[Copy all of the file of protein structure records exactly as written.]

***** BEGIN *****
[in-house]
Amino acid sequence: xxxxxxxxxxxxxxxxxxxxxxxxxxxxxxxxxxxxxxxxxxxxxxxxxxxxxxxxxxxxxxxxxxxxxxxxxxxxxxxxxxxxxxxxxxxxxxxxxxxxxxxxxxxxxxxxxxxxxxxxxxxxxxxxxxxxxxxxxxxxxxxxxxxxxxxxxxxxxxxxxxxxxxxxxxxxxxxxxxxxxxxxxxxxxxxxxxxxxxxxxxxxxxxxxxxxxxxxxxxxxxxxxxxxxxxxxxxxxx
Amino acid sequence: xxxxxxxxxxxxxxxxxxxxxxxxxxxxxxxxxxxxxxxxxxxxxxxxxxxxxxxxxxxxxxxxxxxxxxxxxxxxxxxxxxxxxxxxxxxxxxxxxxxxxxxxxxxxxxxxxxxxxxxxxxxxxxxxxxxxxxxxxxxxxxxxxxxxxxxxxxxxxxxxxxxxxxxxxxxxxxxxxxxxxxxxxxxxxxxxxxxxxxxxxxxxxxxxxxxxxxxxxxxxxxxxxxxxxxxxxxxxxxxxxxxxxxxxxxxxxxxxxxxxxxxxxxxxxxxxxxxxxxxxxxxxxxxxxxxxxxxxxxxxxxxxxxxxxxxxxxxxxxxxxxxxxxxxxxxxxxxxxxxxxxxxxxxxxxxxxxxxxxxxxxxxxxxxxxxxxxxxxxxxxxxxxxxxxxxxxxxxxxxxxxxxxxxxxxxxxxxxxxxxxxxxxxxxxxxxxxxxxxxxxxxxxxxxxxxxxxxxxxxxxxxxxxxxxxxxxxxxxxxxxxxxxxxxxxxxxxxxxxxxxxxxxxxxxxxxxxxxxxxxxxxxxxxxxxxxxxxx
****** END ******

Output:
[in-house]
Amino acid sequence: xxxxxxxxxxxxxxxxxxxxxxxxxxxxxxxxxxxxxxxxxxxxxxxxxxxxxxxxxxxxxxxxxxxxxxxxxxxxxxxxxxxxxxxxxxxxxxxxxxxxxxxxxxxxxxxxxxxxxxxxxxxxxxxxxxxxxxxxxxxxxxxxxxxxxxxxxxxxxxxxxxxxxxxxxxxxxxxxxxxxxxxxxxxxxxxxxxxxxxxxxxxxxxxxxxxxxxxxxxxxxxxxxxxxxxxxxxxxxx
Amino acid sequence: xxxxxxxxxxxxxxxxxxxxxxxxxxxxxxxxxxxxxxxxxxxxxxxxxxxxxxxxxxxxxxxxxxxxxxxxxxxxxxxxxxxxxxxxxxxxxxxxxxxxxxxxxxxxxxxxxxxxxxxxxxxxxxxxxxxxxxxxxxxxxxxxxxxxxxxxxxxxxxxxxxxxxxxxxxxxxxxxxxxxxxxxxxxxxxxxxxxxxxxxxxxxxxxxxxxxxxxxxxxxxxxxxxxxxxxxxxxxxxxxxxxxxxxxxxxxxxxxxxxxxxxxxxxxxxxxxxxxxxxxxxxxxxxxxxxxxxxxxxxxxxxxxxxxxxxxxxxxxxxxxxxxxxxxxxxxxxxxxxxxxxxxxxxxxxxxxxxxxxxxxxxxxxxxxxxxxxxxxxxxxxxxxxxxxxxxxxxxxxxxxxxxxxxxxxxxxxxxxxxxxxxxxxxxxxxxxxxxxxxxxxxxxxxxxxxxxxxxxxxxxxxxxxxxxxxxxxxxxxxxxxxxxxxxxxxxxxxxxxxxxxxxxxxxxxxxxxxxxxxxxxxxxxxxxxxxxxxx